The Big Easy has cast its spell over David Garcia with all its magical charms and has rendered him a soul enchanted with the bewitching city.
Is it the madness of Mardi Gras? The allure of black magic and the dark voodoo shops scattered throughout the French Quarter? Or something as sugary and sweet as the powdery beignets of Cafe Du Monde?
If you’ve ever been to NOLA, it’s easy to understand his infatuation.
“It’s the history, the food, the culture and the mysterious energy,” Garcia said of his love of New Orleans. “It’s our favorite city and where Rick [Gipprich Jr.] and I got engaged.”
Garcia has brought New Orleans’ festive spirit to the Alamo City with the opening of No. 9, an Olmos Park specialty shop offering floral arrangements, gourmet chocolates and handcrafted gifts.
“We liked the idea of an apothecary, voodoo-style witch shop with a bit of Mexican culture tossed in, so you have a French Creole/Mexican culture clash,” he said with a laugh.
The shop’s logo is an image of Marie Laveau, whose reputation as the voodoo queen of New Orleans is part of Louisiana legend. Apparently, her magic is working quite well, even from the grave, for the floral, candy and gift store associated with her name.
“We’ve had steady business since we opened in February,” Garcia said. “A lot of people come in for our chocolates.”
It doesn’t hurt either that those chocolate truffles are kept in the large, glass candy case that once belonged to On Main Off Main. Garcia had the good fortune of purchasing it from William Davis and Oscar Camacho when they closed their long-running Monte Vista gift shop back in January. The confections are from the same company, Sweet Shop USA, in Mount Pleasant, Texas, that the couple ordered them from. When On Main Off Main customers discovered where the chocolates could still be had, they came calling.
“They’re hand-rolled truffles. It takes four days to make a small batch,” Garcia said, “so they’re unique in that they’re not manufactured by machine.”
In addition to the truffles, there are other interesting, sweet edibles that customers can enjoy, like their signature lavender- and rose-flavored popcorn that the Popcorn Place, just down the street on McCullough Avenue, makes for the specialty shop. Other hot-selling products include the jalapeño pecan brittle and the Grand Marnier-infused pecans made in San Saba. And straight from Sucré, a New Orleans dessert shop, comes rose and pistachio candy bars and salted caramel marshmallows.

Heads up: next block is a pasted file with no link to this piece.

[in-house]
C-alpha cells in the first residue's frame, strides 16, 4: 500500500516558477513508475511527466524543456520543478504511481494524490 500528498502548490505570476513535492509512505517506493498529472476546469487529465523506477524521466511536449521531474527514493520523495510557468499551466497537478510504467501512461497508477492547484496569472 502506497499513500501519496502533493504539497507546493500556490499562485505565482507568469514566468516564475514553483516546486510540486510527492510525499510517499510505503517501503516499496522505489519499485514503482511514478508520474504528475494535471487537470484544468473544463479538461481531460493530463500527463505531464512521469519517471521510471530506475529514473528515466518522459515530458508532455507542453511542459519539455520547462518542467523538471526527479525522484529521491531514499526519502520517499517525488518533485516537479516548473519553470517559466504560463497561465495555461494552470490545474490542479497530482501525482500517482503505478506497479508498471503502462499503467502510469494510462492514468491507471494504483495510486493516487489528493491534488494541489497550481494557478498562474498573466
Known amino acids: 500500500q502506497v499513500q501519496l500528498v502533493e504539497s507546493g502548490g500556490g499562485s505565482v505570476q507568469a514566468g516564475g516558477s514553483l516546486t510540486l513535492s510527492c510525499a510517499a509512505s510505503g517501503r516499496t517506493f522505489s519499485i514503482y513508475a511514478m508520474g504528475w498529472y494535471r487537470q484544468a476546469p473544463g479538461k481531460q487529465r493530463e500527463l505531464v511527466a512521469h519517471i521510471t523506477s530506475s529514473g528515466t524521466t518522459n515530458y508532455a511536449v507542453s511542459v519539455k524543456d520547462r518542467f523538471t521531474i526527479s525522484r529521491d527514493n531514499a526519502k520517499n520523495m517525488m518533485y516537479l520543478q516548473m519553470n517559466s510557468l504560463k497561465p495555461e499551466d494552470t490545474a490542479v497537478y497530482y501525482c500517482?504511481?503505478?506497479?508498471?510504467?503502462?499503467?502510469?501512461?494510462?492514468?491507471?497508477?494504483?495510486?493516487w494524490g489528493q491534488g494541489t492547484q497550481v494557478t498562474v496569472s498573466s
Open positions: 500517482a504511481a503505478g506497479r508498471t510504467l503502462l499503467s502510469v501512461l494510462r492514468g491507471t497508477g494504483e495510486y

“It’s exciting to see all the products that I sourced and picked out to be selling so well,” he said. “When I worked at Pier One, I had no say in the selection of products, but here I do.”
Floral service is also an important part of their business, whether it be from someone walking in from the street to order an arrangement for a special occasion, or for the coveted contract No. 9’s sister operation, Statue of Design, has with Hotel Emma at the Pearl. This includes providing fresh arrangements for the property every Thursday.
“We design 30 arrangements that get scattered throughout the hotel,” Garcia said.
No. 9 also stocks an eclectic assortment of gifts, including vases, keychains, candles, incense, paper Cleopatra masks, umbrellas, fans and other novelties unlikely to be found elsewhere in town.
His expertise isn’t in mixing potions and creating powerful tonics; it’s retail and flowers. Garcia, 35, learned about the retail industry through stints with Pier 1 Imports and World Market doing visual merchandising.
“It was easy to piece all of this together,” he said, glancing around at the neatly arranged merchandise and products, resting on shelves and tables.
Later, Garcia demonstrated his creativity at Universal Studios in Orlando, where he designed arrangements for the theme park’s sets and dressing rooms for the likes of Jennifer Lopez, Jewel and Ellen DeGeneres.
Garcia has his hands full with No. 9, as well as his wedding and event floral company, Statue of Design, which he opened nine years ago. However, he manages to make it all work. While he focuses on the gift shop, his team of floral designers take care of bridal and corporate clients in a workspace in the back of the shop. “No. 9 is refreshing and balances out the work with wedding and events,” he said.
Despite his fascination with New Orleans voodoo culture, Garcia is no high priestess. On a recent Friday morning at No. 9, he wore no colorful, African turban à la Marie Laveau, nor were there amulets hanging from his neck to ward off harmful spirits. He wouldn’t have to worry anyhow. We’re certain Ms. Laveau has his back.
No. 9 Florals
4347 McCullough Ave., (210) 232-4471, no9floralandgifts.com